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The Freshman Experience

austinmtmomaustinmtmom Registered User Posts: 2,356 Senior Member
edited September 2013 in Musical Theater Major
An idea came up on another thread that I thought was really good so I thought I would start this thread and see what happens.
Maybe I will have my son post a thread about "A day in the life.../A year in the life."

So, if you are a freshman in a BFA, BM or BA MT or Acting program (or some combination thereof program!) and would be willing to talk about what it really like on a day to day basis, please chime in. You can share as much as you like. The idea is share information now, while you are in the midst of living the freshman life, so those who are coming behind you can get a feel of what it's really like.

I really hope we will get responses from those in all types of programs and at lots of different schools. And while there are plenty of places on here to give a great "why my school/program is best" post, I hope this will be more of a "here's what my life as a freshman is really like" thread. :)

Here's the thread that got this idea going:
So here we go...
Post edited by austinmtmom on

Replies to: The Freshman Experience

  • wisdomsomehowwisdomsomehow Registered User Posts: 635 Member
    (only including theatre-relevant things)
    Semester 1 as a BA Theatre, MT minor at USC in LA
    Mon: wake up at 7 (ugh!) for my 8am acting class. Two hours with a great, talented group of young women (and one young man). Go to shop for three hours as the lab for my Intro to Theatrical Production class. Work on set pieces/props for upcoming shows.
    Tues: wake up at 7 again for Intro to Theatrical Production. This class is split into two semesters, a "crew" semester and a "shop" semester. This semester, I was in shop. We learn about the history of theatrical production, with a different focus, like lights, or sound, or costumes, etc. Three hour break, where I usually write up my homework for my Broadway class that afternoon and grab lunch. Text Studies for Production is at 12:30, with an amazing professor. In that class, we study a play a week, and talk about different ways they can be produced, focusing on language, characterization, staging, and plot. After that, I go to one of my general education classes, Types & Stereotypes of the American West in Literature & Film. It's about cowboys etc, not other countries' stereotypes of the US, like I thought when registering for classes, but it's a pretty good class, even though I'm not really a Western fan. Then I have a 40 minute break, when I usually got a snack, and go to my Broadway class, The Broadway Musical: Reflection of American Diversity, Issues, and Experiences, which also fills USC's diversity requirement, but I happen to love it. We cover the history of Broadway, from its origins up to Rent (though next semester I think she is adding American Idiot) and how the shows we study each week tackle different diversity issues like single parenthood, miscegenation, drug use, abusive partners, etc.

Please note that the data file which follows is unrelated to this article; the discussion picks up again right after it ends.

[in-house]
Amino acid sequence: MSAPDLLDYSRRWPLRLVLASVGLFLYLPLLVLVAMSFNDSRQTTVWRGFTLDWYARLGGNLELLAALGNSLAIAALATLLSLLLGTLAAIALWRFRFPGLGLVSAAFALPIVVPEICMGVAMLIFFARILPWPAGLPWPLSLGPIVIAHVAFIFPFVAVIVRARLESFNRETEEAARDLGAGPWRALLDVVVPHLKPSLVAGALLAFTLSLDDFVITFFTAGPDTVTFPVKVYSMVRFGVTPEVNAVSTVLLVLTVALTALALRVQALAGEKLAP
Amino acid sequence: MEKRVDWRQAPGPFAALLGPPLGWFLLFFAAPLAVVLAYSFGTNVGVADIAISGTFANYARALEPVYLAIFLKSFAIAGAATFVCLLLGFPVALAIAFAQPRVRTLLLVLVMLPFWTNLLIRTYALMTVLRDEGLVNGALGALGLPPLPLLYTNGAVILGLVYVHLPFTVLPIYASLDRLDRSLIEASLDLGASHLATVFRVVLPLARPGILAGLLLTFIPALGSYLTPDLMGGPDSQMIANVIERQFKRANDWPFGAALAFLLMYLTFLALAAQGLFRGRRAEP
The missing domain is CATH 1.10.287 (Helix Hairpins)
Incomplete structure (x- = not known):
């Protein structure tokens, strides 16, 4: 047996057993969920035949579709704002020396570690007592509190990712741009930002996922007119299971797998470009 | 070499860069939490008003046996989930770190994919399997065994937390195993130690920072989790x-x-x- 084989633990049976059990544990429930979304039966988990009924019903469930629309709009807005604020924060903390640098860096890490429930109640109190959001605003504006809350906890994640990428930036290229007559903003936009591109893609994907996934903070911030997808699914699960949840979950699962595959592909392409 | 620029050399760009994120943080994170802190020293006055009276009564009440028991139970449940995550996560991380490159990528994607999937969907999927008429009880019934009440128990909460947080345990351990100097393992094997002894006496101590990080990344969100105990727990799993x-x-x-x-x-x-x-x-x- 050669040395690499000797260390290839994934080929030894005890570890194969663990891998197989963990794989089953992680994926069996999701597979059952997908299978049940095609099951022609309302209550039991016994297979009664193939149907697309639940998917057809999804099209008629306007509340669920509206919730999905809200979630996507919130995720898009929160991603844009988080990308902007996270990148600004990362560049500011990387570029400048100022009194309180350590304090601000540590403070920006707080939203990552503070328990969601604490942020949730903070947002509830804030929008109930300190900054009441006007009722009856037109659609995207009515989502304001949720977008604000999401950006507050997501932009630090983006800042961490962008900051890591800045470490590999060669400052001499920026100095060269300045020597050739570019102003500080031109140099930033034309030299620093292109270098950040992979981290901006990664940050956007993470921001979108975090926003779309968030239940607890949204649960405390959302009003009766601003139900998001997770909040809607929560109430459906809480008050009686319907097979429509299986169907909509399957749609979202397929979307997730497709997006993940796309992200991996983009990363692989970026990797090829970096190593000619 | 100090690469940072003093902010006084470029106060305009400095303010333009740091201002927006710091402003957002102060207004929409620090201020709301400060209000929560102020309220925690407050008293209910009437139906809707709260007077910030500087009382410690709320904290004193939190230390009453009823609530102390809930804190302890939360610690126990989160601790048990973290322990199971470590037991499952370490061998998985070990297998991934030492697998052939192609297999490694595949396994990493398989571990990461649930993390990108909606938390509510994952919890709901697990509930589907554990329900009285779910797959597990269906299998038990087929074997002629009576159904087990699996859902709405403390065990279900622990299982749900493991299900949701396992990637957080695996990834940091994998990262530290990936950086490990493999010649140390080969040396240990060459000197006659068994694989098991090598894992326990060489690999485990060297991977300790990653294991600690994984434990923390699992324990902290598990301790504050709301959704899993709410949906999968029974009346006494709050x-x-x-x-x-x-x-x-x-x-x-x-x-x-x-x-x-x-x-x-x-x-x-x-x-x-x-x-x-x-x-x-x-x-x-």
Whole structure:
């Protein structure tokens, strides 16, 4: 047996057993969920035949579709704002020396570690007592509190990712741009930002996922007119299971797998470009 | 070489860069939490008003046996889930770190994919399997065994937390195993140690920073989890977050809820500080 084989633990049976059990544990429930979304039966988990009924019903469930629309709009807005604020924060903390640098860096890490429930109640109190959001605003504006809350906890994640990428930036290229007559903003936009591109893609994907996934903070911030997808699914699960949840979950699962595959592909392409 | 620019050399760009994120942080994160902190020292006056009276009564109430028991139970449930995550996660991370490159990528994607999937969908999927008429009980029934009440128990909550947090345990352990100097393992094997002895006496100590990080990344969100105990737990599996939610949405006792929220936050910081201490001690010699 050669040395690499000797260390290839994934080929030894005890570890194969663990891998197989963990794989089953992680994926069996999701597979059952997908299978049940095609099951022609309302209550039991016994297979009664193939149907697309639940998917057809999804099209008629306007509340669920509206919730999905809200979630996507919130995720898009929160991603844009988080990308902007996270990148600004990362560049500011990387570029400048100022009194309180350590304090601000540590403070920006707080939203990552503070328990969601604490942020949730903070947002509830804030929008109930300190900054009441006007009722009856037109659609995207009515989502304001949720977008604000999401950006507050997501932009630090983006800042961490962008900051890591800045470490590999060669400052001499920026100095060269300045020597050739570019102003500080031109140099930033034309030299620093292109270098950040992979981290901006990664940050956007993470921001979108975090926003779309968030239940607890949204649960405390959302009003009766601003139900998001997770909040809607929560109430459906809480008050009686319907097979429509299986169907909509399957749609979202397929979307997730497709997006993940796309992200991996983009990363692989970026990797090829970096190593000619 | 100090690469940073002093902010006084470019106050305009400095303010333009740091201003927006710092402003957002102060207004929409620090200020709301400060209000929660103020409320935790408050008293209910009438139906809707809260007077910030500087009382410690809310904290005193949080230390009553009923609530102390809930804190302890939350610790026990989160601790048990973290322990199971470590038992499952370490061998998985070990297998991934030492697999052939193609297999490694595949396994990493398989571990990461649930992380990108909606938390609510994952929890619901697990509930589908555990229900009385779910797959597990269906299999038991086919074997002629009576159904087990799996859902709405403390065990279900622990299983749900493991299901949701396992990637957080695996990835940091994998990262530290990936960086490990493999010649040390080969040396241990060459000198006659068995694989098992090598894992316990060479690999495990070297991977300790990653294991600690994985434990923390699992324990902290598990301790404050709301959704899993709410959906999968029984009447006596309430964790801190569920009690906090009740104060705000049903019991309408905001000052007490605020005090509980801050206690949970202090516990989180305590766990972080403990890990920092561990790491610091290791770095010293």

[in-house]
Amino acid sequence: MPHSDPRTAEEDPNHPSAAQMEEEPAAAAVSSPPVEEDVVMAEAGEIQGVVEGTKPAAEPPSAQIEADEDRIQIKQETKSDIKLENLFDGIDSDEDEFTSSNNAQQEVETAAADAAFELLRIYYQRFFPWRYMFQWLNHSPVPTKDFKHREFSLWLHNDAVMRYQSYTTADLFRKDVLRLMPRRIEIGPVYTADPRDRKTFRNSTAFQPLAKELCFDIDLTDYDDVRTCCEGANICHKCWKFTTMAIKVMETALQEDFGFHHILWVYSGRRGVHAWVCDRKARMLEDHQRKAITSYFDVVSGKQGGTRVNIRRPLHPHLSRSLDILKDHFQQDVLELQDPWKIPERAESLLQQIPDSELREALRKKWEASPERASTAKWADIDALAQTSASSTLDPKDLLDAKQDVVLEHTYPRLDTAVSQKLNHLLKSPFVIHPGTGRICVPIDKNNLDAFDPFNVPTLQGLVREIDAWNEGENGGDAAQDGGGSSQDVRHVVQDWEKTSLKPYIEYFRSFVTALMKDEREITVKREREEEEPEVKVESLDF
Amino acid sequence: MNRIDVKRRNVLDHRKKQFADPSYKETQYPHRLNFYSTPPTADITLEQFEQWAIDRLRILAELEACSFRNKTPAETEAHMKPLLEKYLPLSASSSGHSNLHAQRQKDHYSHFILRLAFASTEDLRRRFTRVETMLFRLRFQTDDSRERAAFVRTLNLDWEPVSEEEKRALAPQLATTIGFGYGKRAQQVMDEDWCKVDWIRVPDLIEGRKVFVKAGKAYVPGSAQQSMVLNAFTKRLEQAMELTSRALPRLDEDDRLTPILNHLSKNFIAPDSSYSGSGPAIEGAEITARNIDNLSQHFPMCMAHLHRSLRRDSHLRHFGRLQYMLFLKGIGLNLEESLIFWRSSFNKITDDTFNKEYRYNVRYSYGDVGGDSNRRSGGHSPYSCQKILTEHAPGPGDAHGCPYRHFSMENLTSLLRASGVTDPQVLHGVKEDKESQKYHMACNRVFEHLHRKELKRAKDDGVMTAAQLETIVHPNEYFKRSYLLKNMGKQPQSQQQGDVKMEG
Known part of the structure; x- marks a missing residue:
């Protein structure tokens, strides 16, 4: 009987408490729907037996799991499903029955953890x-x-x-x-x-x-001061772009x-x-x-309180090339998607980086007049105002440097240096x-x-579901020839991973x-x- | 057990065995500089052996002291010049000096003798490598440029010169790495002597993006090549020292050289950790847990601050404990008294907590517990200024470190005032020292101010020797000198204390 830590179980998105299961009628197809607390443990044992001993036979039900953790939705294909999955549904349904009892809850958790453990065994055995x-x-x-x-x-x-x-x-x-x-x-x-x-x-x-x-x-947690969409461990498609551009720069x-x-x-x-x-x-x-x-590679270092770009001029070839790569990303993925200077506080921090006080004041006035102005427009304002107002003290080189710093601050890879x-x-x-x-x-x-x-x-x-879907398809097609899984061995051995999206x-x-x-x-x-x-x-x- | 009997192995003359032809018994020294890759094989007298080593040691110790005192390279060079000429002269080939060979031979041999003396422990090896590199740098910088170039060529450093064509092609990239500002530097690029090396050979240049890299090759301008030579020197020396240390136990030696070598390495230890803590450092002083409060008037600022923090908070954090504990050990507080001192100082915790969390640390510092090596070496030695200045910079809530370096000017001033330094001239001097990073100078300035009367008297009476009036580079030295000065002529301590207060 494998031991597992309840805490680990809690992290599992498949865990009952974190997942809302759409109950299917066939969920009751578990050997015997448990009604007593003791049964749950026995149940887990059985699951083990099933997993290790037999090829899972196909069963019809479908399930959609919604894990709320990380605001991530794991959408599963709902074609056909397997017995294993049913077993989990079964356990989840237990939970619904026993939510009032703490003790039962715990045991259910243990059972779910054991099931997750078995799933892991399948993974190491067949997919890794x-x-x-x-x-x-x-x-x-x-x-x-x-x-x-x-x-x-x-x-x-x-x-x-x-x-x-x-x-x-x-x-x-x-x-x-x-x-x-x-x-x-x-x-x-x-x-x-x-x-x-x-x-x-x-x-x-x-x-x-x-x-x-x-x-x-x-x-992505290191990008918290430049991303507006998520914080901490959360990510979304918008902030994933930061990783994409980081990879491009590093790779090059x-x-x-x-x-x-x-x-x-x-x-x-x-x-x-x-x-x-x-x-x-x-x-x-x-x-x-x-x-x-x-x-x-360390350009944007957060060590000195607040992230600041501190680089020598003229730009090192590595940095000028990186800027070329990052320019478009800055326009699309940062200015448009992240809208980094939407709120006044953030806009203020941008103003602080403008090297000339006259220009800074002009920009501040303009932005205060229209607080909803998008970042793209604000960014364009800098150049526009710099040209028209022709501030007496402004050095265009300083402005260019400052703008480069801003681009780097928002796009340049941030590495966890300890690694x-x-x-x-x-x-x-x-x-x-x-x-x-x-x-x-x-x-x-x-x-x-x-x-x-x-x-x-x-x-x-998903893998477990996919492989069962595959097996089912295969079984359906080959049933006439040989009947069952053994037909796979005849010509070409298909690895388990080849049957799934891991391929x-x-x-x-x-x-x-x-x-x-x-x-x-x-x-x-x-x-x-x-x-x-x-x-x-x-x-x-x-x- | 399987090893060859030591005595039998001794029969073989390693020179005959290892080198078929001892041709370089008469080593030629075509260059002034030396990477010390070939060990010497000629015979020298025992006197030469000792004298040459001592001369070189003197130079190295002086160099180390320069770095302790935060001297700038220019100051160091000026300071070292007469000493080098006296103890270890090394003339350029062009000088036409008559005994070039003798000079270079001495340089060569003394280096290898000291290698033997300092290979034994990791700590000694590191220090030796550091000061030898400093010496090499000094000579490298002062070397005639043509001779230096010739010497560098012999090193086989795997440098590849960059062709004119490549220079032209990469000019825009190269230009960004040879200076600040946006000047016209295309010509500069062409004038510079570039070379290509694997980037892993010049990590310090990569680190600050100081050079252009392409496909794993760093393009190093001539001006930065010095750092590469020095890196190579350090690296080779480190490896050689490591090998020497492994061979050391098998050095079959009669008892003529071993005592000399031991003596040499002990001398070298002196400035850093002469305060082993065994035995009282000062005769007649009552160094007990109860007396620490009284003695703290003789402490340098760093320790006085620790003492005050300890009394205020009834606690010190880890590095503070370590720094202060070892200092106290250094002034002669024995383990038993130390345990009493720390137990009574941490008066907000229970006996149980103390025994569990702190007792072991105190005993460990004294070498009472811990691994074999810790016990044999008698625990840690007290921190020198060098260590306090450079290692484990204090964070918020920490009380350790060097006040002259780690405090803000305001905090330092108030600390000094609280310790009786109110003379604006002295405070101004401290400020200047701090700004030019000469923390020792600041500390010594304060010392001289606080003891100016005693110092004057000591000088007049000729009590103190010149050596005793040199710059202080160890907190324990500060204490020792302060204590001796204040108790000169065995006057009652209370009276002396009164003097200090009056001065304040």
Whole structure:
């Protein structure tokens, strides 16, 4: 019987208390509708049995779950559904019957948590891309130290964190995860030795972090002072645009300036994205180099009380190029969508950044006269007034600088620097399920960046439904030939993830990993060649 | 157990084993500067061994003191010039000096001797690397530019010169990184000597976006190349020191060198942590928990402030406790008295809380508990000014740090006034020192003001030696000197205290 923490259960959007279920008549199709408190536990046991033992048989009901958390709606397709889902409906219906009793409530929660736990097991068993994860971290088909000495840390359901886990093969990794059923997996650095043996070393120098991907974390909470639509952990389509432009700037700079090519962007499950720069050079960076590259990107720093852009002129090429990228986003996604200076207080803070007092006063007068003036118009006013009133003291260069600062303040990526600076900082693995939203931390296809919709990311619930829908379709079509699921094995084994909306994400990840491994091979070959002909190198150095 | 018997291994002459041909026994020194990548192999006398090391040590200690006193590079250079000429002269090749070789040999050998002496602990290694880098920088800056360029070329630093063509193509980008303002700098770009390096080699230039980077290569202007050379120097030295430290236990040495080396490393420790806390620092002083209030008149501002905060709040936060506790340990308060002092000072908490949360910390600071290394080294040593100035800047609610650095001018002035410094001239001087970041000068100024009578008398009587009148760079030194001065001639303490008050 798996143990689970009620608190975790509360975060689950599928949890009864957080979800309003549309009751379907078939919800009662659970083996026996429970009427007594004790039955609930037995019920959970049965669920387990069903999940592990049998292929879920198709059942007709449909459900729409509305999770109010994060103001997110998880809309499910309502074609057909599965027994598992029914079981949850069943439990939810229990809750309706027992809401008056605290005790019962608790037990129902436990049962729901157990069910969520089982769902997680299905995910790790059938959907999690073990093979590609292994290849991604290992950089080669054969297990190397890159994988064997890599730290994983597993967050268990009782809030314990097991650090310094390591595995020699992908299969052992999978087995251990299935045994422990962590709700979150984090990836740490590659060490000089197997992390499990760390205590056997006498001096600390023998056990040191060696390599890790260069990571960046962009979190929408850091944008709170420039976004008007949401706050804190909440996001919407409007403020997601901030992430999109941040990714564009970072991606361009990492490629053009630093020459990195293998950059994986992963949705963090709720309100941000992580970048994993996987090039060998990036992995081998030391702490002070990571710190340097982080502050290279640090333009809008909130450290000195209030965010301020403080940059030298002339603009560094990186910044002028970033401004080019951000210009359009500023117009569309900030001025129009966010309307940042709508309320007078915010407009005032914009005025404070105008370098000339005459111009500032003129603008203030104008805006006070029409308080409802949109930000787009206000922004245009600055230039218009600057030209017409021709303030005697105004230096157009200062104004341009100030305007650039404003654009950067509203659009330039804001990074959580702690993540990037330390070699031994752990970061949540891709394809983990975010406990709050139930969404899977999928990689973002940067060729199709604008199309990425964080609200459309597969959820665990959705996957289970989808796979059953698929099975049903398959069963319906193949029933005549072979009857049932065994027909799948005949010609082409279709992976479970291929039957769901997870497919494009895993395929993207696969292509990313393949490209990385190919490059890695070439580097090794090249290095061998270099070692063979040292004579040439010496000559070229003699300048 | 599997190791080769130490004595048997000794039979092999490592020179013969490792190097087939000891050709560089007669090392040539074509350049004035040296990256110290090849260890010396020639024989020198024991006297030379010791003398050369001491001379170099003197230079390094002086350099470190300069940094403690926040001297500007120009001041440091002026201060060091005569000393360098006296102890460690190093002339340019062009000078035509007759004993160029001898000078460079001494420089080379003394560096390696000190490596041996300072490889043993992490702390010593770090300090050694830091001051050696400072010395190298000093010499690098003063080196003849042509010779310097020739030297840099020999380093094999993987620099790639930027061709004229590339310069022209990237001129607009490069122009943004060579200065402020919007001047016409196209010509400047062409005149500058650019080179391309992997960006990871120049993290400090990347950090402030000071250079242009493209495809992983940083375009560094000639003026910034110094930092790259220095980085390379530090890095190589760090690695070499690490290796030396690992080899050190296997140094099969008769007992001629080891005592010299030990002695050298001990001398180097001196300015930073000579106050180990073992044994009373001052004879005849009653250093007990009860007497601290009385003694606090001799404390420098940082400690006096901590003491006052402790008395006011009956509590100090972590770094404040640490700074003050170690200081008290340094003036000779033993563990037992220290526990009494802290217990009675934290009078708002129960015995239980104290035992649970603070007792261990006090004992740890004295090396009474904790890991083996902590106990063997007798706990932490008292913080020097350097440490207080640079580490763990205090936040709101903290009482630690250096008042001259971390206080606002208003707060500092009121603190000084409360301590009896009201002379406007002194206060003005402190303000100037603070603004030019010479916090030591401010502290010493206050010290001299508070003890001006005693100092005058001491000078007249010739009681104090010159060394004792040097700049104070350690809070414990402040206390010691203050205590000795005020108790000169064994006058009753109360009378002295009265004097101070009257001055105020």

Wednesday: Acting class again. I didn't particularly like my acting teacher this semester, but I think she was an anomaly--my other friends with different teachers had very different experiences. Then I usually head to Leavey Library to watch the musical we're studying that week in the Broadway class, and maybe the Western we're watching that week, if I haven't seen it already or it's not a book.
    Thursday: Text Studies for Production, Western class, and Broadway class again.
    Friday: Watch one of the campus improv groups, go to Text Studies discussion section, try to see a show that night.
    Saturday/Sunday: Try and see any shows I haven't already seen that weekend, study my lines for acting, do other miscellaneous homework.

    My schedule this semester was pretty free, which I enjoyed, and I took 18 units. I had free time, which I appreciated. First semester students cannot audition for school-wide shows, and I missed auditions for about half of the student productions due to another unmovable commitment, so I wasn't in a show this semester. :( But I'm fairly confident I would have had enough time to be in one.

    This semester will be different, because I'm only taking one class for my major, instead of three, like last semester. I'm taking two gen eds, and one for each minor (I'm also minoring in film). If I am cast in a school-wide show, I will also enroll in THTR 397 for 2 units, so I'll get upper division credits for being in a show. (USC offers a specific scholarship that covers the cost of carrying up to two additional units [for a total of 20] to people double majoring, majoring and minoring, or double degree with a GPA above 3.75 and already have at least 32 units [I brought in 28 from IB & AP, so I had 46 after this semester) This semester, though, I have awful Tuesdays, but no classes on Wednesdays, so I am hoping to work as an extra in the LA area on Wednesdays.